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Just getting into the hoby of shooting Black Powder cartredges. Seems to be alot of variations in loads out there. I am looking for anyone who can help with a load for a .45 colt ( lead 230 gr rcbs cowboy mold # 82308) and .38 spec. (lead 140 Gr. rcbs mold # 82304). FFF or FF Black Powder? And what about fiber fillers? use or not? Thanks for any help. Any reccomended books on the subject.
 

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Bp

Try fffg powder. Put as much into the case as will allow slight compression of the charge when the bullet is seated. I have had my best results when using a 0.030" thick fiber wad between the bullet and the powder.
Pete
 

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I agre with the above info...But make darn sure you clean well after each use or you will get into trouble...I know of one guy who failed to clean and his cylinder would not turn....Just a word of caution...Have fun and make smoke...Festus
 

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.45 newguy with Ruger New vaquero

I bought a Ruger replica of a Colt peacemaker Colt .45. Range rds say they have a muzzle velocity of 750fps. Hornady Home Defense are 960fps. I have looked and looked and asked and looked an nowhere can I find the suggested smokeless powder and was lucky enough to come on a short piece that showed Muzzle velocities for the Colt.45 with many powders and different charges and none of the smokeless powders are out there-BUT the chart also had Muzzle velocities for several types of black powders and black powder substututes like Pyrodex. This chart showed a Muzzle velocity of 1036 fps with a new to me imported BP called KIK- supplied a Goeth. I had read thet the only reason some black powders are more powerful than others is in the way the charcoal was made and the wood it was made from. KIK was more powerful than any other BP or BP substitute on the market and obviously even more power than some smokeless. I know this is a beautiful almost brand new Ruger replica of a 1873 peacemaker that isNOT rated at +P loads, and lighter than then the Ruger VAQUERO OR blackhawk-again mine is a NEW VAQUERO and being careful to NOT use the high power loads is stressed. Not being able to find any smokeless to load with I went ahaed and bought the RCBS .45-255 mold and it is putting out a 270 gr slug- off by 15 gr's and i can live with that -it is the lead I bought surely not RCBS. With the Hornady and the range rd's it has very little blowback on the casings and it looks like it should be no more harder to clean after firing than my cap n ball pistols. I've read that adding 10% tin will help stop leading and I have some bullet lube designed to help stop leading.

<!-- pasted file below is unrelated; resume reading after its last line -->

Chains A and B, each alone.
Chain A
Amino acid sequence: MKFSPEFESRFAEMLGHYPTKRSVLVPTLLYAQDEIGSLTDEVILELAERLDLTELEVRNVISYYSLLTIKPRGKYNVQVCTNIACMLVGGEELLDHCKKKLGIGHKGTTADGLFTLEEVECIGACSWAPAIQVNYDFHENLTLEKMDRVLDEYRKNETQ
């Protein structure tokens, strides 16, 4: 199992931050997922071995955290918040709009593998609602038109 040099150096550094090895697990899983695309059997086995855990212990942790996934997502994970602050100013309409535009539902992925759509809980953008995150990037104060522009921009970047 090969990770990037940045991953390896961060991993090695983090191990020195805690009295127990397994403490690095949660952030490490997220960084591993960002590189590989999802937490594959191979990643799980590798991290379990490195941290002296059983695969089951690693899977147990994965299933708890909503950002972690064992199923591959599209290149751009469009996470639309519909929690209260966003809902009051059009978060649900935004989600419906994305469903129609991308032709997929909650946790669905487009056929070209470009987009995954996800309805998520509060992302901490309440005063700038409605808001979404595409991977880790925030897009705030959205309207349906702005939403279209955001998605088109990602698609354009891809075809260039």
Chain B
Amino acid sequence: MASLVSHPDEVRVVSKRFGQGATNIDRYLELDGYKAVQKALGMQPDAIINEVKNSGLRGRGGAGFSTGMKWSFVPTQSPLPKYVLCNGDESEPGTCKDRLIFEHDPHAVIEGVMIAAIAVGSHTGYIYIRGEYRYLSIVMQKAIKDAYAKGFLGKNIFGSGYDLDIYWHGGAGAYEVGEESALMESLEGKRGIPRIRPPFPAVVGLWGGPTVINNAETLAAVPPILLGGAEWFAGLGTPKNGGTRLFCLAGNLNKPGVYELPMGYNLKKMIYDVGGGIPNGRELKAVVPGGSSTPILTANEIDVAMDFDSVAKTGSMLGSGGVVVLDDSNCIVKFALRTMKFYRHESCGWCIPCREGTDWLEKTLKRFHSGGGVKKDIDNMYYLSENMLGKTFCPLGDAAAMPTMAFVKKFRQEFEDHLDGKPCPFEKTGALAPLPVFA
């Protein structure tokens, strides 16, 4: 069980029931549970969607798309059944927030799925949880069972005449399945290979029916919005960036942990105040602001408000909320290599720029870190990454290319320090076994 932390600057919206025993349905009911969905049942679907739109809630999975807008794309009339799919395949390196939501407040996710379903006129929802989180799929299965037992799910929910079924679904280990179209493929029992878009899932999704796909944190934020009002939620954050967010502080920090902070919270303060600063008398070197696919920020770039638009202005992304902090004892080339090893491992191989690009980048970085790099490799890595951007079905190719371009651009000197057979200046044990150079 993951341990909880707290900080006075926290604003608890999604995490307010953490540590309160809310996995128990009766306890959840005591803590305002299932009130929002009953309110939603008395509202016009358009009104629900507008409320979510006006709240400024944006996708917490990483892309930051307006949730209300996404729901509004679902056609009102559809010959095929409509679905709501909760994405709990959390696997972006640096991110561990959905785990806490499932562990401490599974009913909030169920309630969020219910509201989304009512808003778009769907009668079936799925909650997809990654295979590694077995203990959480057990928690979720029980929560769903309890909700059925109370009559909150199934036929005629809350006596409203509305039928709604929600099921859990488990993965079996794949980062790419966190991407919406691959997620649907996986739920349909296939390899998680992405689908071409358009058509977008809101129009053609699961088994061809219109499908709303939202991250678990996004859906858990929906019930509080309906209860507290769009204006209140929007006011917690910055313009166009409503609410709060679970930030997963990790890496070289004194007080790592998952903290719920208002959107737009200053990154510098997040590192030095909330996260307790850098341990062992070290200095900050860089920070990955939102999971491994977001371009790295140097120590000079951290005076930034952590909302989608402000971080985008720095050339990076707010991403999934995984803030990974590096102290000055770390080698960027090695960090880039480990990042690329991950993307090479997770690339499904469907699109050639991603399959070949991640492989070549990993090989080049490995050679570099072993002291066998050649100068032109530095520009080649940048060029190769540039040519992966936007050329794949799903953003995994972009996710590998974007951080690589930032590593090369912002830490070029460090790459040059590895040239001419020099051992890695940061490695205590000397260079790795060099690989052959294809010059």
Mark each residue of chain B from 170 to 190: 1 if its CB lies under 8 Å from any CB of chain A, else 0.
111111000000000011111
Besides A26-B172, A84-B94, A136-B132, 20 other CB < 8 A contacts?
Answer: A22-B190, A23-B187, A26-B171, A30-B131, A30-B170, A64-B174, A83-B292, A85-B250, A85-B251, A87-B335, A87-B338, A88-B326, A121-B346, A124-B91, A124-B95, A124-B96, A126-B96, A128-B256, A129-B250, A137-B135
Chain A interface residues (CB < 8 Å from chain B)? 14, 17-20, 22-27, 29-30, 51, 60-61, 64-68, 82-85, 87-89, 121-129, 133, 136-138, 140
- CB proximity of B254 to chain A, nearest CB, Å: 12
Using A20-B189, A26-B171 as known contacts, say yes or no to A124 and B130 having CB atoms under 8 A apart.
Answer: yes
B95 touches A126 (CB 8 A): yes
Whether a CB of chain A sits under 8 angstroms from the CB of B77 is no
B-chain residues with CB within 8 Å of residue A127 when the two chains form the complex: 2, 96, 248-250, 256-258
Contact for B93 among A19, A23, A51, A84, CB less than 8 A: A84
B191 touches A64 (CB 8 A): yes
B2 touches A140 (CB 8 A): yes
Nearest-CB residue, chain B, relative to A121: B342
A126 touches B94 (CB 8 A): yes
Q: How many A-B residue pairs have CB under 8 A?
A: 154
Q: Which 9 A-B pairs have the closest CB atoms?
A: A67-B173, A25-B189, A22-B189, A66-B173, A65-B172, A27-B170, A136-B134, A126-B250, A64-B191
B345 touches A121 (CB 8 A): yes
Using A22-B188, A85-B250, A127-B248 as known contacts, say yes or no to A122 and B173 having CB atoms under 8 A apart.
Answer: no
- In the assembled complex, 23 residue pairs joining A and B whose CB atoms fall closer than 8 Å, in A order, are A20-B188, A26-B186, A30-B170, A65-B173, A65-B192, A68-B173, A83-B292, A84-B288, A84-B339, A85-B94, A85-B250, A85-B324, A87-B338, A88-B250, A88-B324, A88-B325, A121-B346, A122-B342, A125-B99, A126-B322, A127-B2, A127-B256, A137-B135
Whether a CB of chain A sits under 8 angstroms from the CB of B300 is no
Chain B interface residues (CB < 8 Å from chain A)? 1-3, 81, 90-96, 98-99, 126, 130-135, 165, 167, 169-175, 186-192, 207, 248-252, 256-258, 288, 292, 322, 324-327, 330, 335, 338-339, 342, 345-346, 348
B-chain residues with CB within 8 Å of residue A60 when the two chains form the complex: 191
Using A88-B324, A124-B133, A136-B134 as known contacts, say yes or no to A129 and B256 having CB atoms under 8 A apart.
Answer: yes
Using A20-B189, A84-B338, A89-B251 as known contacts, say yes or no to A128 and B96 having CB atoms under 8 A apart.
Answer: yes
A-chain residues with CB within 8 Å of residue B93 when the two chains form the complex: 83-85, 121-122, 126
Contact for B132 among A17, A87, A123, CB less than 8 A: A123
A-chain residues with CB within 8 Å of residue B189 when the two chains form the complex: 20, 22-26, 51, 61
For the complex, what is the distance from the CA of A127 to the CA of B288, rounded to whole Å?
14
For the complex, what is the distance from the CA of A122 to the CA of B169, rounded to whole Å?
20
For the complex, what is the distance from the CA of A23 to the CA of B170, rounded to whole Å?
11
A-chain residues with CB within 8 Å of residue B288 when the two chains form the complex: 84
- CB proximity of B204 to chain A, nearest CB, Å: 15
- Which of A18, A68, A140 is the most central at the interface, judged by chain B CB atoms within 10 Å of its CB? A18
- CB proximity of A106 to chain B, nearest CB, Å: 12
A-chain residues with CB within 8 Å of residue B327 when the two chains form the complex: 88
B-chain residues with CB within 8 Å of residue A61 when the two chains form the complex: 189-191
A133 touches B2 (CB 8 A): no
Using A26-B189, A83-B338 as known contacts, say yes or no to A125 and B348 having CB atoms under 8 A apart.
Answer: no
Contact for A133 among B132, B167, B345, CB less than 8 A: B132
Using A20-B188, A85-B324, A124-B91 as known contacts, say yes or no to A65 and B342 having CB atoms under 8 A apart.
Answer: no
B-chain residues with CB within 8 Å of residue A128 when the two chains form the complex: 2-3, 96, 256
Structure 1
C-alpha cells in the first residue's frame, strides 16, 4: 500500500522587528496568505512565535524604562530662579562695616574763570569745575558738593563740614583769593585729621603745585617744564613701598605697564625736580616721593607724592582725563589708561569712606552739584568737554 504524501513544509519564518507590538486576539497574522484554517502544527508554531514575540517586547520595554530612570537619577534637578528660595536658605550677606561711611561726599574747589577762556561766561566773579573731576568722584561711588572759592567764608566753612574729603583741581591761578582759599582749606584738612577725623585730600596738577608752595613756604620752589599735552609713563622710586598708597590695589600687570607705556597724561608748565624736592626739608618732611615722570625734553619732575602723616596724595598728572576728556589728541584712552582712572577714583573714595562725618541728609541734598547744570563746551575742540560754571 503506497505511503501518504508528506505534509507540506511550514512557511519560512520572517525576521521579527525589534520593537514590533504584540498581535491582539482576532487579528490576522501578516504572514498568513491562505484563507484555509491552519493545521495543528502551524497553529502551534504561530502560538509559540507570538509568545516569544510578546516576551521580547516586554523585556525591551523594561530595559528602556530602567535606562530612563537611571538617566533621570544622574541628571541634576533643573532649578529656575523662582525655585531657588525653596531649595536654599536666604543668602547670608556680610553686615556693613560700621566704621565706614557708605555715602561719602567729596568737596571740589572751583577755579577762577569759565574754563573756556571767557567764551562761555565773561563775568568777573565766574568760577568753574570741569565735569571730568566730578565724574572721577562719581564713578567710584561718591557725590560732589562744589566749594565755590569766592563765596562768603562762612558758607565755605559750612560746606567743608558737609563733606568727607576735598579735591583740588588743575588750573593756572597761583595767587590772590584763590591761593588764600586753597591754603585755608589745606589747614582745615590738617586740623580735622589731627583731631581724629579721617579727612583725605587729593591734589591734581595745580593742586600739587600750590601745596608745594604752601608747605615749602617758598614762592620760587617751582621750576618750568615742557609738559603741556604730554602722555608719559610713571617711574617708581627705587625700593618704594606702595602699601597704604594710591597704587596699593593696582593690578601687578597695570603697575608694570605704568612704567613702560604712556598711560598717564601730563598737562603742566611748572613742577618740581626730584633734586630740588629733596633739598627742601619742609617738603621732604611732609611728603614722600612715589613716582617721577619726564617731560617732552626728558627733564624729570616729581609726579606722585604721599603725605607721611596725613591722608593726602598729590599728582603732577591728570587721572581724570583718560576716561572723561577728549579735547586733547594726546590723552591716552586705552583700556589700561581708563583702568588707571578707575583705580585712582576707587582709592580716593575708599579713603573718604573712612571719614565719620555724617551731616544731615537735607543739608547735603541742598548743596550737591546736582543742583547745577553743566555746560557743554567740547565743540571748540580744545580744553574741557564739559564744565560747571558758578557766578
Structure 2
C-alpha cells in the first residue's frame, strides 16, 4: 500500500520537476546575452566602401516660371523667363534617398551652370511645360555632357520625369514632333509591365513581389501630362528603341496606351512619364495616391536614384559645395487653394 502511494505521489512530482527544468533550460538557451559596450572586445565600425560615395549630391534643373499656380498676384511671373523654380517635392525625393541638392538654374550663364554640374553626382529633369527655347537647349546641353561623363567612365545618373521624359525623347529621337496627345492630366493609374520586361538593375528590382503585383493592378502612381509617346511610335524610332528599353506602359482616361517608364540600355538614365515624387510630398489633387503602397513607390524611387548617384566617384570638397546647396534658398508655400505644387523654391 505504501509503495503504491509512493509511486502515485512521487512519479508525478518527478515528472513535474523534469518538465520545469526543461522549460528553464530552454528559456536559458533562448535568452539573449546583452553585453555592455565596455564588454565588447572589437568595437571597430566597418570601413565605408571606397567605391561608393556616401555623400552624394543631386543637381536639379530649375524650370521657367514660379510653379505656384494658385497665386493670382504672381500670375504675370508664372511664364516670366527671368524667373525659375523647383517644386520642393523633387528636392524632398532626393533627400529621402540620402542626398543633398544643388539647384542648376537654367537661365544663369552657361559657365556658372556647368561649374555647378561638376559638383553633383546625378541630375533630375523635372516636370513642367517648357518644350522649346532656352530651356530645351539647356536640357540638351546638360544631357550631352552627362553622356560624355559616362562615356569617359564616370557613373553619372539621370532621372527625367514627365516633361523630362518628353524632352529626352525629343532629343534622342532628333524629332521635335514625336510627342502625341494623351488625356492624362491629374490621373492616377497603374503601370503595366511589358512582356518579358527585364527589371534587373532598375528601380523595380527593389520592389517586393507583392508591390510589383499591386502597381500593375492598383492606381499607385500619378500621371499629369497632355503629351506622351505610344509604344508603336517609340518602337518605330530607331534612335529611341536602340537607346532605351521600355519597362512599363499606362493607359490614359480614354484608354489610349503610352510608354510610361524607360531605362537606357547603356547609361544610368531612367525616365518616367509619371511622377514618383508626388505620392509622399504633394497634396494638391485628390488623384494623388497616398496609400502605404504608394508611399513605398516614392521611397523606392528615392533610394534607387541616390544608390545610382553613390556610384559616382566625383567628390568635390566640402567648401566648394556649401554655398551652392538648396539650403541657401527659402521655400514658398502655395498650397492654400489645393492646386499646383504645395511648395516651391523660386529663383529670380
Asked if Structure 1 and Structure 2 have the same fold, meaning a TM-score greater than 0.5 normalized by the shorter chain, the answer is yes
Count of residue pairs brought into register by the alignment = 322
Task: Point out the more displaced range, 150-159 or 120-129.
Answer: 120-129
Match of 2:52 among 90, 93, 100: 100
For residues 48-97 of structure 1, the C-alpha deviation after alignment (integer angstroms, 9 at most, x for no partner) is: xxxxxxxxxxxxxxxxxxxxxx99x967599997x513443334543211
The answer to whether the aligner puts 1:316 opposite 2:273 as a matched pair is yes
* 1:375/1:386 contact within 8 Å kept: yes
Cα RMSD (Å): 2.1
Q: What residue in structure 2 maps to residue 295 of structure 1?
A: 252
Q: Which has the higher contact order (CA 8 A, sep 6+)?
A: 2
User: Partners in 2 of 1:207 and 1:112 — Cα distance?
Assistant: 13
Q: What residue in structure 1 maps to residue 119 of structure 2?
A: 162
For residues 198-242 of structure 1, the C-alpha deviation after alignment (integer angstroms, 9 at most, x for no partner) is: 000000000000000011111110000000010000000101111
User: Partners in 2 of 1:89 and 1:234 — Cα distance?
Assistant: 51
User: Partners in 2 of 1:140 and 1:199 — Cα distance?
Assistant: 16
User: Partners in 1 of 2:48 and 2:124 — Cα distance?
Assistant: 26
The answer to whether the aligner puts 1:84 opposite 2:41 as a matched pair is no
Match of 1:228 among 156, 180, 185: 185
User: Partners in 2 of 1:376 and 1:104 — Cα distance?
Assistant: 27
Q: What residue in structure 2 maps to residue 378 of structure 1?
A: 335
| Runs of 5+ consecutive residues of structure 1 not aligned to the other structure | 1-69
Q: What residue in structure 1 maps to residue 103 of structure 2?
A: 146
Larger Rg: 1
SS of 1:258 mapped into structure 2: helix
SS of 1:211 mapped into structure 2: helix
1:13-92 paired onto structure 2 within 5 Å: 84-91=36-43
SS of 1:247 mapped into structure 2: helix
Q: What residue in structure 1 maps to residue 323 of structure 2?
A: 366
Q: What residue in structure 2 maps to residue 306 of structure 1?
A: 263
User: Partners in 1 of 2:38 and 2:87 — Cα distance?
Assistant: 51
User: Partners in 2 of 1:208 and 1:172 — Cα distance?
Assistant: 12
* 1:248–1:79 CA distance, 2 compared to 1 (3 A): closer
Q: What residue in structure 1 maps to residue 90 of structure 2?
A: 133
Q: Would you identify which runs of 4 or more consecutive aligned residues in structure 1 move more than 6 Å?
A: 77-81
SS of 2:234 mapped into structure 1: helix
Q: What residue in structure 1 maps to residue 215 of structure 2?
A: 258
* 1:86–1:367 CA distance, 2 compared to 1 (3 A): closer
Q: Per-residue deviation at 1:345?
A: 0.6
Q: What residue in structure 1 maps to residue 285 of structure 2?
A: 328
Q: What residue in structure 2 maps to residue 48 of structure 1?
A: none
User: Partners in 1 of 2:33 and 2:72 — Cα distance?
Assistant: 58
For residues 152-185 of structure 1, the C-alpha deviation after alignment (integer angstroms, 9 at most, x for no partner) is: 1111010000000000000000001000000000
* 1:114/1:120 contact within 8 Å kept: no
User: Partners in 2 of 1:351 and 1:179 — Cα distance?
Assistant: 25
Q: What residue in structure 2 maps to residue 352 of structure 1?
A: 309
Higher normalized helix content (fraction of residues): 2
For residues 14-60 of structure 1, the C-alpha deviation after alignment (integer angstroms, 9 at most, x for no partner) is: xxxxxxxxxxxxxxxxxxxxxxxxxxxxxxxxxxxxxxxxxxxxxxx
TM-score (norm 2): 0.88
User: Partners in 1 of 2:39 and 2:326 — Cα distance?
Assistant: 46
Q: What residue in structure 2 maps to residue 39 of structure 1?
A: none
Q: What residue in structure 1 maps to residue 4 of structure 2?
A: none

The suggested load by volume for the KIK was 29.5 gr's and that is just about all the powder the casing will hold with the 255 RCBS semi dum dum and the flat nose is a lot more dum dum than the range rds.It just appears to be that with black powder casings they were made to hold BP all the way to the lug and THAT is the recommended load. For instance I also have a Martini-Henry .577-.45 that takes a 500gr slug and my lead is coming out to 515 to 530 grs. Must have been a real hodge podge of stuff melted into those ingots. But it takes all of the casing that there is to put 85 grs of FFG BP into that case and the slug is tight against it.
I don't want to ruin a cherry Ruger with BP but that's all that is available- so long as I clean it up right away - and the blowback is minimal and the only way smoke can get into the trigger is by a perfectly firring spring loaded a part that holds the cylindar in place- should I go ahead and try it? Back in the days of the old west after 1880 only 7 years after the peacemaker came out BP was made with guncotten and was much more powerful than Civil war era stuff.